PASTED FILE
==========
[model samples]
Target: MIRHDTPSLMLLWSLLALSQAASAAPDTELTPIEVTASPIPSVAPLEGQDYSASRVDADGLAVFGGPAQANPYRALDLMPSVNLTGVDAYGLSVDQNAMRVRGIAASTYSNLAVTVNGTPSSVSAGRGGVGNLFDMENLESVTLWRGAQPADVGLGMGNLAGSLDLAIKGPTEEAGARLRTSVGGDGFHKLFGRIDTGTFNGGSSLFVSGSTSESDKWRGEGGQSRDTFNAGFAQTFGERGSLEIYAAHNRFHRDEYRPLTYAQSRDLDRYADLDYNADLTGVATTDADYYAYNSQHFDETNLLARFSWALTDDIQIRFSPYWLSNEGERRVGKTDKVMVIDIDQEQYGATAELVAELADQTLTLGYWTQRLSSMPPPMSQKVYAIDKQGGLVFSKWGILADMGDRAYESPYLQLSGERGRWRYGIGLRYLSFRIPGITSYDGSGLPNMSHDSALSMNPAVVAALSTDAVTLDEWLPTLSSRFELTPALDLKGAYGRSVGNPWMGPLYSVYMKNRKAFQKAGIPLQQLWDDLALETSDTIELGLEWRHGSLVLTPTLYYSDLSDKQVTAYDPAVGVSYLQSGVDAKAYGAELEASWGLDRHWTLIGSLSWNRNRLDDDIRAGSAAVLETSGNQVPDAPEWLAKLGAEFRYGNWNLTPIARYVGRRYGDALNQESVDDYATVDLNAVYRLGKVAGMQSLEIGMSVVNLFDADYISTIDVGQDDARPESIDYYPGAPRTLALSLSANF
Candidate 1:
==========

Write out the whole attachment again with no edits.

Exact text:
[model samples]
Target: MIRHDTPSLMLLWSLLALSQAASAAPDTELTPIEVTASPIPSVAPLEGQDYSASRVDADGLAVFGGPAQANPYRALDLMPSVNLTGVDAYGLSVDQNAMRVRGIAASTYSNLAVTVNGTPSSVSAGRGGVGNLFDMENLESVTLWRGAQPADVGLGMGNLAGSLDLAIKGPTEEAGARLRTSVGGDGFHKLFGRIDTGTFNGGSSLFVSGSTSESDKWRGEGGQSRDTFNAGFAQTFGERGSLEIYAAHNRFHRDEYRPLTYAQSRDLDRYADLDYNADLTGVATTDADYYAYNSQHFDETNLLARFSWALTDDIQIRFSPYWLSNEGERRVGKTDKVMVIDIDQEQYGATAELVAELADQTLTLGYWTQRLSSMPPPMSQKVYAIDKQGGLVFSKWGILADMGDRAYESPYLQLSGERGRWRYGIGLRYLSFRIPGITSYDGSGLPNMSHDSALSMNPAVVAALSTDAVTLDEWLPTLSSRFELTPALDLKGAYGRSVGNPWMGPLYSVYMKNRKAFQKAGIPLQQLWDDLALETSDTIELGLEWRHGSLVLTPTLYYSDLSDKQVTAYDPAVGVSYLQSGVDAKAYGAELEASWGLDRHWTLIGSLSWNRNRLDDDIRAGSAAVLETSGNQVPDAPEWLAKLGAEFRYGNWNLTPIARYVGRRYGDALNQESVDDYATVDLNAVYRLGKVAGMQSLEIGMSVVNLFDADYISTIDVGQDDARPESIDYYPGAPRTLALSLSANF
Candidate 1: